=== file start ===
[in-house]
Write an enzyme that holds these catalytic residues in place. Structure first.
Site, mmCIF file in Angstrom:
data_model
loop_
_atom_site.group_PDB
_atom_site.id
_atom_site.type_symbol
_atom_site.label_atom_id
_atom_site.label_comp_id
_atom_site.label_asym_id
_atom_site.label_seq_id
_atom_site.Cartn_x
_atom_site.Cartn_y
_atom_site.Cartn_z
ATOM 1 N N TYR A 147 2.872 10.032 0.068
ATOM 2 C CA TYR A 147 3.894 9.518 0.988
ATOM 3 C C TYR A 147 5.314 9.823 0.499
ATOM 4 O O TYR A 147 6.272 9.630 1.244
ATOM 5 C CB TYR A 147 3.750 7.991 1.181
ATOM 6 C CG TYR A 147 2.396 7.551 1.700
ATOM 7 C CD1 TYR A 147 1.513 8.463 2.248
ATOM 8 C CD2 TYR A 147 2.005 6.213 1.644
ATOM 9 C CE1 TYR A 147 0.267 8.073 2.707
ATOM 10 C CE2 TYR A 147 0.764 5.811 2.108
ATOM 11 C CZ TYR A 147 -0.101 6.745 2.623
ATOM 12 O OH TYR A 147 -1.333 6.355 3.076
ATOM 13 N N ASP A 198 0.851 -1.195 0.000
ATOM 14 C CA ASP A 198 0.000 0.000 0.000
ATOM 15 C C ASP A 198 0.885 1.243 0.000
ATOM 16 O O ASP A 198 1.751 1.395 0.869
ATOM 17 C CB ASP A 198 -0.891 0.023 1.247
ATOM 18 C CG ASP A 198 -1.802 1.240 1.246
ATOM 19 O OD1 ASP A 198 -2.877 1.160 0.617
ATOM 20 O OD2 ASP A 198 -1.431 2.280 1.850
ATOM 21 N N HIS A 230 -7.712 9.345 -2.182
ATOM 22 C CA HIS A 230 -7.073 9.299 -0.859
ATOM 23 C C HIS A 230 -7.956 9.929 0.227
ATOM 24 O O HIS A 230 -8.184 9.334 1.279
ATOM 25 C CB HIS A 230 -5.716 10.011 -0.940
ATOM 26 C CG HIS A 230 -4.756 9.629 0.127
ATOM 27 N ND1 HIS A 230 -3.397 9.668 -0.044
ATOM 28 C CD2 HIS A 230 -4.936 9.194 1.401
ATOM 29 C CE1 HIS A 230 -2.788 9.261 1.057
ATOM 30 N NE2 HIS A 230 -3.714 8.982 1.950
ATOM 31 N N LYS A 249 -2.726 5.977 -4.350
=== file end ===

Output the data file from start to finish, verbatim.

[in-house]
Write an enzyme that holds these catalytic residues in place. Structure first.
Site, mmCIF file in Angstrom:
data_model
loop_
_atom_site.group_PDB
_atom_site.id
_atom_site.type_symbol
_atom_site.label_atom_id
_atom_site.label_comp_id
_atom_site.label_asym_id
_atom_site.label_seq_id
_atom_site.Cartn_x
_atom_site.Cartn_y
_atom_site.Cartn_z
ATOM 1 N N TYR A 147 2.872 10.032 0.068
ATOM 2 C CA TYR A 147 3.894 9.518 0.988
ATOM 3 C C TYR A 147 5.314 9.823 0.499
ATOM 4 O O TYR A 147 6.272 9.630 1.244
ATOM 5 C CB TYR A 147 3.750 7.991 1.181
ATOM 6 C CG TYR A 147 2.396 7.551 1.700
ATOM 7 C CD1 TYR A 147 1.513 8.463 2.248
ATOM 8 C CD2 TYR A 147 2.005 6.213 1.644
ATOM 9 C CE1 TYR A 147 0.267 8.073 2.707
ATOM 10 C CE2 TYR A 147 0.764 5.811 2.108
ATOM 11 C CZ TYR A 147 -0.101 6.745 2.623
ATOM 12 O OH TYR A 147 -1.333 6.355 3.076
ATOM 13 N N ASP A 198 0.851 -1.195 0.000
ATOM 14 C CA ASP A 198 0.000 0.000 0.000
ATOM 15 C C ASP A 198 0.885 1.243 0.000
ATOM 16 O O ASP A 198 1.751 1.395 0.869
ATOM 17 C CB ASP A 198 -0.891 0.023 1.247
ATOM 18 C CG ASP A 198 -1.802 1.240 1.246
ATOM 19 O OD1 ASP A 198 -2.877 1.160 0.617
ATOM 20 O OD2 ASP A 198 -1.431 2.280 1.850
ATOM 21 N N HIS A 230 -7.712 9.345 -2.182
ATOM 22 C CA HIS A 230 -7.073 9.299 -0.859
ATOM 23 C C HIS A 230 -7.956 9.929 0.227
ATOM 24 O O HIS A 230 -8.184 9.334 1.279
ATOM 25 C CB HIS A 230 -5.716 10.011 -0.940
ATOM 26 C CG HIS A 230 -4.756 9.629 0.127
ATOM 27 N ND1 HIS A 230 -3.397 9.668 -0.044
ATOM 28 C CD2 HIS A 230 -4.936 9.194 1.401
ATOM 29 C CE1 HIS A 230 -2.788 9.261 1.057
ATOM 30 N NE2 HIS A 230 -3.714 8.982 1.950
ATOM 31 N N LYS A 249 -2.726 5.977 -4.350